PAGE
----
Essays and Reviews
"Review of Democracy and Goodness: A Historicist Political Theory by John Wallach" (Cambridge: Cambridge University Press, 2018).” Perspectives on Politics 18 (2020): 249-250. Online publication February 17, 2020. doi: 10.1017/S1537592719004791.
“Liberal Ends, Democratic Means? A Response to Josiah Ober's Demopolis.” Polis 36 (2019): 516-23. Online publication October 14, 2019. doi: 10.1163/20512996-12340248.
"Democracy and Decay.” In Decadence and Decay ed. Kurt Almqvist and Mattias Hessérus (Stockholm: Bokförlaget Stolpe, 2019), 103-115.
"Aristotle, Athens and Beyond.” Review of Andrew Lintott, Aristotle’s Political Philosophy in its Historical Context: A new translation and commentary on Politics books 5 and 6 (London: Routledge, 2018). Classical Review 69 (2018): 63-65. doi: 10.1017/S0009840X18002275.
Rethinking Athenian Democracy. Harvard Ph.D. dissertation, 2013.
Conventional accounts of classical Athenian democracy represent the assembly as the primary democratic institution in the Athenian political system. This looks reasonable in the light of modern democracy, which has typically developed through the democratization of legislative assemblies. Yet it conflicts with the evidence at our disposal. Our ancient sources suggest that the most significant and distinctively democratic institution in Athens was the courts, where decisions were made by large panels of randomly selected ordinary citizens with no possibility of appeal. This dissertation reinterprets Athenian democracy as “dikastic democracy” (from the Greek dikastēs, “judge”), deﬁned as a mode of government in which ordinary citizens rule principally through their control of the administration of justice. It begins by casting doubt on two major planks in the modern interpretation of Athenian democracy: first, that it rested on a conception of the “wisdom of the multitude” akin to that advanced by epistemic democrats today, and second that it was “deliberative,” meaning that mass discussion of political matters played a defining role. The first plank rests largely on an argument made by Aristotle in support of mass political participation, which I show has been comprehensively misunderstood. The second rests on the interpretation of the verb bouleuomai as indicating speech, but I suggest that it meant internal reflection in both the courts and the assembly. The third chapter begins the constructive part of the project by comparing the assembly and courts as instruments of democracy in Athens, and the fourth shows how a focus on the courts reveals the deep political dimensions of Plato’s work, which in turn suggests one reason why modern democratic ideology and practice have moved so far from the Athenians’ on this score. Throughout, the dissertation combines textual, philological and conceptual analysis with attention to institutional detail and the wider historical context. The resulting account makes a strong case for the relevance of classical Athens today, both as a source of potentially useful procedural mechanisms and as the point of origin of some of the philosophical presuppositions on which the modern conception of democracy and its limits depends.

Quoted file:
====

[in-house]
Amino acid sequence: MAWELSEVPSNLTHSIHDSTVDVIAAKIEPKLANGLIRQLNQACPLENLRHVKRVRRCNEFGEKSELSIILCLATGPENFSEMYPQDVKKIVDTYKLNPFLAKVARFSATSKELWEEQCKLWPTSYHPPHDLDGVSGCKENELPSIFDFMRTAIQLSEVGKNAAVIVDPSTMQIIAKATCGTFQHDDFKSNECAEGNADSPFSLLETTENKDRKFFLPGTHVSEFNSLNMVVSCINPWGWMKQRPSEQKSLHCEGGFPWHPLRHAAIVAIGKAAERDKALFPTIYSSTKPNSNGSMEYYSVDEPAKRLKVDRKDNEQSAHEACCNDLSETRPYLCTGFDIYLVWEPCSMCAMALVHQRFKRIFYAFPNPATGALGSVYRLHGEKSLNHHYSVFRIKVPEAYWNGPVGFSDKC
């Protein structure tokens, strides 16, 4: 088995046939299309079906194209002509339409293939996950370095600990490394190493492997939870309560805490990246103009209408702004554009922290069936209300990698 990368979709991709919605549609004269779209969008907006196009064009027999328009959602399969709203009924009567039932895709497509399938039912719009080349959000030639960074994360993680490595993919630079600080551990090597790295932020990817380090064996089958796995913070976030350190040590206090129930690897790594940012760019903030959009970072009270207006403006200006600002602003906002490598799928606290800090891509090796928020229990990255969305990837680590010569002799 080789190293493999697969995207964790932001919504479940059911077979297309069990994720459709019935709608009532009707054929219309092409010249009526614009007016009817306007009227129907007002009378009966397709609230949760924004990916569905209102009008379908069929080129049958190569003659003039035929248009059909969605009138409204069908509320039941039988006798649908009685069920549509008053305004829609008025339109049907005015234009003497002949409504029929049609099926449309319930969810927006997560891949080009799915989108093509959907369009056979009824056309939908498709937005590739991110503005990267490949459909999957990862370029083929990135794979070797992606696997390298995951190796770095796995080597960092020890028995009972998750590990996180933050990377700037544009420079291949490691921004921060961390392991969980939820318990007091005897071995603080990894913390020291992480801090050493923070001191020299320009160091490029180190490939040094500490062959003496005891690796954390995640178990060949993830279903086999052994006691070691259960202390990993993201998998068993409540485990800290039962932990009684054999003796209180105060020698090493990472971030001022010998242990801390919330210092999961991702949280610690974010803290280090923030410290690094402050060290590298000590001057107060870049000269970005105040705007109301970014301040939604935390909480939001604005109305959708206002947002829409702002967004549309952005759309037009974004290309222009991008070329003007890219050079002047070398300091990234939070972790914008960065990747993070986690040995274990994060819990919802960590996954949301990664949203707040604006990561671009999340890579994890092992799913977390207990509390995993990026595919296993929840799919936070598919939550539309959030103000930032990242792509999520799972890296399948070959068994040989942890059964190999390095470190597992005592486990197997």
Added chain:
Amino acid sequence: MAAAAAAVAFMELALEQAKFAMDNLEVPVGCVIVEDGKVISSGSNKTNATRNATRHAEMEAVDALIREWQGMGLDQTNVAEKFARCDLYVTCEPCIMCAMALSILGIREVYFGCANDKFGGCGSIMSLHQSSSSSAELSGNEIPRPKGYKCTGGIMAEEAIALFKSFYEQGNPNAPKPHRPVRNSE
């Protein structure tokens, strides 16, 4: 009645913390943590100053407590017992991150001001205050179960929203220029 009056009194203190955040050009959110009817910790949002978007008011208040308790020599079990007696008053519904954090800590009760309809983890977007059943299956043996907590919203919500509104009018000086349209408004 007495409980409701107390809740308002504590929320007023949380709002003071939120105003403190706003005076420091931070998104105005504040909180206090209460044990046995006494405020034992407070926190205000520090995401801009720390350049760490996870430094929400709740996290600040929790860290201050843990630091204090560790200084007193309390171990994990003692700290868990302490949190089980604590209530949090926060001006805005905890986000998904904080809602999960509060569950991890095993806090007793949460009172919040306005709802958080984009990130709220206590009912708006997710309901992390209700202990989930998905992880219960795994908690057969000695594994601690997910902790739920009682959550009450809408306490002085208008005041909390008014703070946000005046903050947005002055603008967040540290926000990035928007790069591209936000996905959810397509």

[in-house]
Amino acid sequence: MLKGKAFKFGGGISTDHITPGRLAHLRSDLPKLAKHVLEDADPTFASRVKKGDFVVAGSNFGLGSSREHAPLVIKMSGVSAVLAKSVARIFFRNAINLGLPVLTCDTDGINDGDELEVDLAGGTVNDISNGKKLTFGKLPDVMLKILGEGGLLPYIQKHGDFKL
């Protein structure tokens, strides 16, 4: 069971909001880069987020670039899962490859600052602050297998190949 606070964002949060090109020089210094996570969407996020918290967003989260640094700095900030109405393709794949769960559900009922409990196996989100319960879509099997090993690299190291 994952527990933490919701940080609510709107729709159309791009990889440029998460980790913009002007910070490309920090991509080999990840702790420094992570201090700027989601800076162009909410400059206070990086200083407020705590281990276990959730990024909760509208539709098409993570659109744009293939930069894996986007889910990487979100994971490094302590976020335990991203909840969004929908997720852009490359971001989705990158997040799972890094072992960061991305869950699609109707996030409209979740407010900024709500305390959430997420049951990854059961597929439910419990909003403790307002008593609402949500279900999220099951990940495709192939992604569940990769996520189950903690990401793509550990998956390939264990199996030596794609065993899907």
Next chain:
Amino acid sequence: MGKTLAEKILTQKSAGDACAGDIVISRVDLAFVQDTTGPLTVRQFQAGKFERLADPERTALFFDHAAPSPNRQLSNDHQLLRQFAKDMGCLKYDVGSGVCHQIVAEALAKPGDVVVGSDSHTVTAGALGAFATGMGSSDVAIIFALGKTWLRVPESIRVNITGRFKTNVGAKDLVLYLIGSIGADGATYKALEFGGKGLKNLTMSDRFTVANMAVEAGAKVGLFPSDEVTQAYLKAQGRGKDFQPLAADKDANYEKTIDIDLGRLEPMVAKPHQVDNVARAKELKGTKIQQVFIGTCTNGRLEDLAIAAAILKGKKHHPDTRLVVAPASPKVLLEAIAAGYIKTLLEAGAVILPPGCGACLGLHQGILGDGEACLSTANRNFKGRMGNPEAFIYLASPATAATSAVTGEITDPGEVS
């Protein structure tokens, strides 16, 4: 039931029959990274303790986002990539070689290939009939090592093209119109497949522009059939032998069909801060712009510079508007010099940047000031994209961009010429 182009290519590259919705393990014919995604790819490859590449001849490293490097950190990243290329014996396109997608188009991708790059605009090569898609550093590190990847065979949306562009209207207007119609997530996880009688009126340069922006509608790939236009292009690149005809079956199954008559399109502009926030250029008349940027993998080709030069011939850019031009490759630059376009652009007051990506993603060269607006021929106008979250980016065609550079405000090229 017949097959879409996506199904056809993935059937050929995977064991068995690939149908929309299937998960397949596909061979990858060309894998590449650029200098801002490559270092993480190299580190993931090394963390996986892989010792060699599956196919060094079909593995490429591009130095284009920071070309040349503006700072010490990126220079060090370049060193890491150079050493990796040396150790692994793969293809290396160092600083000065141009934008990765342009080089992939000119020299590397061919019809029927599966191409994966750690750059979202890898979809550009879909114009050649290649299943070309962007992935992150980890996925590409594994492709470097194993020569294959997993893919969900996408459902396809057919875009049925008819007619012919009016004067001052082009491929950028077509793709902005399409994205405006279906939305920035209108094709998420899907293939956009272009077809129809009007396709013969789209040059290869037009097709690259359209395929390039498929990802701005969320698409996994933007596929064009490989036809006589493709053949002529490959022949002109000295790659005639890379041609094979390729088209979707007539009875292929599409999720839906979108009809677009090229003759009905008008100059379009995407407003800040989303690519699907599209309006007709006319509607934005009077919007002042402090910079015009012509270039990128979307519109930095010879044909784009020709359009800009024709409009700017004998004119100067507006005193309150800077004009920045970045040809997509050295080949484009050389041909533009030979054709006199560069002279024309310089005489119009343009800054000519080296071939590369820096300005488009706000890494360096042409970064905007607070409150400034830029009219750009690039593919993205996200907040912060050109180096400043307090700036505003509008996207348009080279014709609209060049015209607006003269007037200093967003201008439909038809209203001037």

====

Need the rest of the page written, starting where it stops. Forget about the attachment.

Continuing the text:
“Marx, Hayek and the Relationship between Capitalism and Freedom.” University of Cambridge M.Phil dissertation, 2005.